The process of converting Maximum Fun into a co-op took about a year and a half, Thorn said.
Thorn said he would receive an upfront sum and a percentage of the company’s revenue for a limited number of years. The company is taking out a loan from a community development financial institutions fund.
Employees opt into becoming owners in the cooperative by paying hundreds of dollars, which goes into a trust, and they get it back with interest when they leave the company. Worker-owners also get to vote on the company’s board. The new board oversees the management structure, which is expected to remain the same, Thorn said.
Thorn declined to reveal more specific details about the financial terms of the deal, or how much money he would get from the buyout. The amount he is receiving is significantly less than what he would have gotten if he sold it to another company, he said.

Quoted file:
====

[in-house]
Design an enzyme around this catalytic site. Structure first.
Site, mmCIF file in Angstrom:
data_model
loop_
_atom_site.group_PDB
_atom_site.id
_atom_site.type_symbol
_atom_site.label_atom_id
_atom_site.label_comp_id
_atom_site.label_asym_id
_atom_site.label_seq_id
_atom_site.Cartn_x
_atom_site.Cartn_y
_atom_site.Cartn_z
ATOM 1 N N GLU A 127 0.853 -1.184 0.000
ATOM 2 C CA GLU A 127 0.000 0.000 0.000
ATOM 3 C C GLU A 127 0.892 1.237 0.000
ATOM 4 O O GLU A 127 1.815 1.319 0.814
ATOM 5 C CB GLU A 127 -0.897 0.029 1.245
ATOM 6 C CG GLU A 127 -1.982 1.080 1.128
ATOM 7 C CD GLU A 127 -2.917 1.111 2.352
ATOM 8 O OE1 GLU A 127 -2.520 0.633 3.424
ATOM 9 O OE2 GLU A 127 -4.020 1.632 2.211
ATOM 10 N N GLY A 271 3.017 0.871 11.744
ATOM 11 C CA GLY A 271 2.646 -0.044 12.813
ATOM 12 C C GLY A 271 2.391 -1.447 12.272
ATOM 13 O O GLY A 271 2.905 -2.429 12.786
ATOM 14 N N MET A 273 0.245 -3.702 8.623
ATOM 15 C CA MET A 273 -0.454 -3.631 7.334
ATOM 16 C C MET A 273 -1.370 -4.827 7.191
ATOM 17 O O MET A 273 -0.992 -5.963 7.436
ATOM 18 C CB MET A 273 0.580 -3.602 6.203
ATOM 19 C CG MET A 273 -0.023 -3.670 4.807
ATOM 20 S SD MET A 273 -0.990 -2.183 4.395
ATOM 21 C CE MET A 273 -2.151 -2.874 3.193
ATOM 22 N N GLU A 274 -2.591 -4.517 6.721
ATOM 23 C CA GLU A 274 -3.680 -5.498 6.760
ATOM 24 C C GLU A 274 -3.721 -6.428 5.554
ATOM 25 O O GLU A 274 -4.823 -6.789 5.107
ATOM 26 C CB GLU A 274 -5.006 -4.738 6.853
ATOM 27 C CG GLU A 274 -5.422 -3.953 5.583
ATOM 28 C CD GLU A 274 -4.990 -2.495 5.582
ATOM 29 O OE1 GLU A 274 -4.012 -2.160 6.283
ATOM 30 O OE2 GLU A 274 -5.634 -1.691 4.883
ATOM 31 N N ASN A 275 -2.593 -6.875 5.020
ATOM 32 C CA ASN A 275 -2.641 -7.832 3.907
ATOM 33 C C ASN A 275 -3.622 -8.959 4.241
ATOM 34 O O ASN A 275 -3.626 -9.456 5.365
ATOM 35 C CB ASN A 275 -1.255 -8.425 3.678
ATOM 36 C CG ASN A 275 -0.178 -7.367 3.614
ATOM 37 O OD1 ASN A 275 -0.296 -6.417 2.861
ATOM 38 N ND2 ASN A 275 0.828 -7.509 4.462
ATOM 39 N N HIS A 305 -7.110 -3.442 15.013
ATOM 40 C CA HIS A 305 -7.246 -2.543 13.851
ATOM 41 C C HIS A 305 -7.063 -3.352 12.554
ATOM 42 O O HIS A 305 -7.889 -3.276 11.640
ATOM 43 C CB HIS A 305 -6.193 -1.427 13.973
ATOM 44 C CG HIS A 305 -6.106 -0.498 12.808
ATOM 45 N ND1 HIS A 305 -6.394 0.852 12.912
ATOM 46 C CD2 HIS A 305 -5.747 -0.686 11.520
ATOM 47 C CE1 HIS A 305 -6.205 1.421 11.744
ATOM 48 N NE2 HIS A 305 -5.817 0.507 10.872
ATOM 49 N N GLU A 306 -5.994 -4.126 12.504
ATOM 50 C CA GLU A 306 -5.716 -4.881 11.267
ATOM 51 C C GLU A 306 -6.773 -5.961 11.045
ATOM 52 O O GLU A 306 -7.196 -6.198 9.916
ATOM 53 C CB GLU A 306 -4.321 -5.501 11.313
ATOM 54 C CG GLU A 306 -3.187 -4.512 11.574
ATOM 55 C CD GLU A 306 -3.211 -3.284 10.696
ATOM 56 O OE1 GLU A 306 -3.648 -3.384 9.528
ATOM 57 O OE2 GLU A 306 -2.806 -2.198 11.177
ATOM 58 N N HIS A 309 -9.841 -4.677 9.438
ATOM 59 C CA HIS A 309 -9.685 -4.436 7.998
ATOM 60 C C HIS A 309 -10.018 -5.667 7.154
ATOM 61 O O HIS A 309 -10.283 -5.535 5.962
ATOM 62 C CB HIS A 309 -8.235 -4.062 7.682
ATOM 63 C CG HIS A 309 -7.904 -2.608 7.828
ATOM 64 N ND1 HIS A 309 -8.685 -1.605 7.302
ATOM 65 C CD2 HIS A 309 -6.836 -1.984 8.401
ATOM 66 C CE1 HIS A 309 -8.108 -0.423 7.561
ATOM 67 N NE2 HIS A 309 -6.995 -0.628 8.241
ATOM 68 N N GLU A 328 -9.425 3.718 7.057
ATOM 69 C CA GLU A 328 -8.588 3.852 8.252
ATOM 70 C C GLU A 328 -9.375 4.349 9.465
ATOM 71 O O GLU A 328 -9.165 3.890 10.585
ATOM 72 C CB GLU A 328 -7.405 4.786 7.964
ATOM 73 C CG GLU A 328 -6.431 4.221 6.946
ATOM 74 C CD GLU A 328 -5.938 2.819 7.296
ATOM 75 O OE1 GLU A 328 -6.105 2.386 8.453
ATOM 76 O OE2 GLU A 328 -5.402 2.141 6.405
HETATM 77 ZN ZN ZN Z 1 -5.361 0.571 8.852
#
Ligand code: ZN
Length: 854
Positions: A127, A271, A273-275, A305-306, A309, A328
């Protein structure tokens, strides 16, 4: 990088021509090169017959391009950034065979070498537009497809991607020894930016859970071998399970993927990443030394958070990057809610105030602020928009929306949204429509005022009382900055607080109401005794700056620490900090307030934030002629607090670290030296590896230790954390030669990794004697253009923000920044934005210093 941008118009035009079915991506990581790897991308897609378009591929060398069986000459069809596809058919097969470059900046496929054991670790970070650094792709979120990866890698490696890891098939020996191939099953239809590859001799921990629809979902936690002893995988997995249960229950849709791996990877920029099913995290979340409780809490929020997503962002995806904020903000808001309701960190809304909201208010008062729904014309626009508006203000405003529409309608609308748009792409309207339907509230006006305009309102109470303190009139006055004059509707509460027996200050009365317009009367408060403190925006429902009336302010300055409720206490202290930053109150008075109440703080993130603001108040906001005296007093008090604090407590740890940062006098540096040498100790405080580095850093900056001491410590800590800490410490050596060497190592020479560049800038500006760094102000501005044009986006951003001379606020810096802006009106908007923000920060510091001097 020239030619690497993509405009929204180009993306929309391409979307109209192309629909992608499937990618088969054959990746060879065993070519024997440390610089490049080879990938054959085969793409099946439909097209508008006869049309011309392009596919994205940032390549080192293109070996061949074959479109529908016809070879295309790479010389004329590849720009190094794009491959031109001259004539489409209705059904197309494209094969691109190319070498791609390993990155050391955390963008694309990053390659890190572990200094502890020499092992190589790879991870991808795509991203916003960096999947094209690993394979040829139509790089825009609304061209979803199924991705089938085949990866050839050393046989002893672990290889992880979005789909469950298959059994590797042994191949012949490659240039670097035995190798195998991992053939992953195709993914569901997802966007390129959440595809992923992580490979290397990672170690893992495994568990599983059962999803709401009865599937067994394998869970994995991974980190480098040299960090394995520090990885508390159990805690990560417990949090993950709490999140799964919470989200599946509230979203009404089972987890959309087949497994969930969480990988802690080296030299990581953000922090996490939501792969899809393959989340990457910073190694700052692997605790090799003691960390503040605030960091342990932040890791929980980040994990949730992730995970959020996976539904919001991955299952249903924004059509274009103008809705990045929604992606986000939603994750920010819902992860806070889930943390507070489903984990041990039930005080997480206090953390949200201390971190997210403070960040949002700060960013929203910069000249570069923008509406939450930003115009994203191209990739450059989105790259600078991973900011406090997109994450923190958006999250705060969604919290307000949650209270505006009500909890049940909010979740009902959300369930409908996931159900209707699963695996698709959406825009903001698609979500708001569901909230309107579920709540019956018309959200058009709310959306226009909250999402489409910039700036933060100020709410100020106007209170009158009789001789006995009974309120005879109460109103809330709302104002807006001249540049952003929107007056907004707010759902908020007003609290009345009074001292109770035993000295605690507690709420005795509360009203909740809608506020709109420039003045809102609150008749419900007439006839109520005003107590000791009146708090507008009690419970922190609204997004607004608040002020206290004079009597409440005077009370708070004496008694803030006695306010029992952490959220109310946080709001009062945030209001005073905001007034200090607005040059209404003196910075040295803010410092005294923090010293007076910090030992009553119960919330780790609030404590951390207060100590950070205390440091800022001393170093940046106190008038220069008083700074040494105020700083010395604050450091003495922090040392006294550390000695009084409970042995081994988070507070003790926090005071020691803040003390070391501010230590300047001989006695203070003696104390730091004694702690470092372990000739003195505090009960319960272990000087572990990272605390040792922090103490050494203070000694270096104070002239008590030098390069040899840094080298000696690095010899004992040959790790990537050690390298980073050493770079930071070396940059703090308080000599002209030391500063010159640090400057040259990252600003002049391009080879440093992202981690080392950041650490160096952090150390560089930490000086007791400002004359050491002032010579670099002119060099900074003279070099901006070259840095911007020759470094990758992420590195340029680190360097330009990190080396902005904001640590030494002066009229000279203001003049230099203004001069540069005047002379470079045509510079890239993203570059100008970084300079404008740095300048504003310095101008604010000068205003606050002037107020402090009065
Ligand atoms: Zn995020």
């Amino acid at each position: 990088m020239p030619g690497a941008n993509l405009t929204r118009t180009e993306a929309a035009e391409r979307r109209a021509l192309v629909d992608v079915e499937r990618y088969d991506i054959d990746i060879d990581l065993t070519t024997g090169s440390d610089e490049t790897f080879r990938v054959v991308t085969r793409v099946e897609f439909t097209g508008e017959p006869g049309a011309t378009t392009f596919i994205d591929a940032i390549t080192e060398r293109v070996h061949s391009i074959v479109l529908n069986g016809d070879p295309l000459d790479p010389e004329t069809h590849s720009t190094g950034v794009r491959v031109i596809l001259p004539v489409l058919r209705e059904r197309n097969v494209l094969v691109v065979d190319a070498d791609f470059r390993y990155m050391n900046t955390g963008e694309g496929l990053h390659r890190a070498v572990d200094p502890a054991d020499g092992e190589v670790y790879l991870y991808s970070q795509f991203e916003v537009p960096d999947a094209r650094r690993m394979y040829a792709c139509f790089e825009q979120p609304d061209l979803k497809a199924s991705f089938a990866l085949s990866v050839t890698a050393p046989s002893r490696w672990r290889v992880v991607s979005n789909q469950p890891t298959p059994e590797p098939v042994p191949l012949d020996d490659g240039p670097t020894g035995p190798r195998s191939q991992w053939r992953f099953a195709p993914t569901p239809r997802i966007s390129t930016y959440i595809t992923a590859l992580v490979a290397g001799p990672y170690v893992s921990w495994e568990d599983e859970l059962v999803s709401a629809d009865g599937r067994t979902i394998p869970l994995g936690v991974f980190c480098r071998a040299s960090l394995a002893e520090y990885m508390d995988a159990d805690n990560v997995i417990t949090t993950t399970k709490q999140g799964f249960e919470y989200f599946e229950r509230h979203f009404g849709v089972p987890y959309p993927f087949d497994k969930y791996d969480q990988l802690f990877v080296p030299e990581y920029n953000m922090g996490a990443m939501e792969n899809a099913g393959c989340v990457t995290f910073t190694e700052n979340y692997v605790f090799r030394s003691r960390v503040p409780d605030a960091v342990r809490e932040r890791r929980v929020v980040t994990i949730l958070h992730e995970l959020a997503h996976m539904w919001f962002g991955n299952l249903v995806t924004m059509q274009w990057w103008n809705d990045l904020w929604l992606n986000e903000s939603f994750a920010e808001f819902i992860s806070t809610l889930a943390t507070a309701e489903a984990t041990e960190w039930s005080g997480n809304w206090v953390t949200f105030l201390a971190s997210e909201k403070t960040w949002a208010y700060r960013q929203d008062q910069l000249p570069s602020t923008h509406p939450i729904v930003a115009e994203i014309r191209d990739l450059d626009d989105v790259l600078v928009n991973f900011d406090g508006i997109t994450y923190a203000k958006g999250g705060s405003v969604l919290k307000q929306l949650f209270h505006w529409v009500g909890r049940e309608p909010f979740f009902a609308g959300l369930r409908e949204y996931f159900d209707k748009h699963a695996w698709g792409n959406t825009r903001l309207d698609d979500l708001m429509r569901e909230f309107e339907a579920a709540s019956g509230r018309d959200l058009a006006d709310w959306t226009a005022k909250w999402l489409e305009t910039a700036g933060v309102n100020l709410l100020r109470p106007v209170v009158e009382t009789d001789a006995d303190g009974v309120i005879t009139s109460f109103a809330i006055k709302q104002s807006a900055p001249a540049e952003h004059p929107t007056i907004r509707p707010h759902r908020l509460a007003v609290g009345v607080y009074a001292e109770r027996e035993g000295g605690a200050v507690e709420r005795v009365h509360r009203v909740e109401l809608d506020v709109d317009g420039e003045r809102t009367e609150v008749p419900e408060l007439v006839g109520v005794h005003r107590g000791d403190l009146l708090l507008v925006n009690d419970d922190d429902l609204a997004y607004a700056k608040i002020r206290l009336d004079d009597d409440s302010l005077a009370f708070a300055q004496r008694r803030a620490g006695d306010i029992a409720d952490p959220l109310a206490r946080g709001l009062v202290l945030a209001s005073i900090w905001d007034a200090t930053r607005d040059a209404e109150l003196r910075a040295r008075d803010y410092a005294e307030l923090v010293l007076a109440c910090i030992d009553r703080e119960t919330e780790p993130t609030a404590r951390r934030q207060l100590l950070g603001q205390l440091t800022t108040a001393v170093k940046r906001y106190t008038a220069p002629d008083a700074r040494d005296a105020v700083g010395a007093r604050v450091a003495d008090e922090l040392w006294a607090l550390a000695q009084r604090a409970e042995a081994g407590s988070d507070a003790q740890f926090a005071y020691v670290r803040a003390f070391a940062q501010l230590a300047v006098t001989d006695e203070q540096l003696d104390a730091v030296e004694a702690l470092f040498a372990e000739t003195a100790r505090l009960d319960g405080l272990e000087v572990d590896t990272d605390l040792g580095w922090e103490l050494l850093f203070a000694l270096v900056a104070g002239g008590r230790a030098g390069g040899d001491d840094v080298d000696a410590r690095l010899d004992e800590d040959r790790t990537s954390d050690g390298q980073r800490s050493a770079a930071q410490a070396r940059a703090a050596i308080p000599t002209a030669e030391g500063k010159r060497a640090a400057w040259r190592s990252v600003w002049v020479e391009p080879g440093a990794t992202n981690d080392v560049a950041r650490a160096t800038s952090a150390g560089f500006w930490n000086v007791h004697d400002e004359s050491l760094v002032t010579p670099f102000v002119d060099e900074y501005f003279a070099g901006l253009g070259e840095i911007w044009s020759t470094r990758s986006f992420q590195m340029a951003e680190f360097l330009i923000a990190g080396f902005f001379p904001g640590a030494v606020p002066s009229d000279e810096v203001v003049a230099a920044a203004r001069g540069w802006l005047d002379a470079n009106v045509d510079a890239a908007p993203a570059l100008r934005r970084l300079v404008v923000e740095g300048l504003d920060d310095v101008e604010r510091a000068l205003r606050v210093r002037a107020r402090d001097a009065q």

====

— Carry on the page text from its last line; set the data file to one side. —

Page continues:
Several companies expressed interest in buying Maximum Fun — a big radio firm, a medium-sized media business and a TV company — but Thorn declined to name them.
Selling would have presented its own problems. Thorn worried that employees in areas like bookkeeping would be laid off under new ownership.
Ultimately, Thorn began thinking about alternatives, which led him to Oakland-based Project Equity, a nonprofit that helps companies move to employee ownership.
“In the end, this is the way to do it that won’t ruin everything and allows the company to be owned and operated by people who I trust who are doing it for the same reasons that I was,” Thorn said.
Other businesses that are also run as worker-owned cooperatives include Atwater Village’s Proof Bakery. In recent years, firms including Great Lakes Brewing Co. and Taylor Guitars transferred ownership to workers through what’s known as an employee stock ownership plan.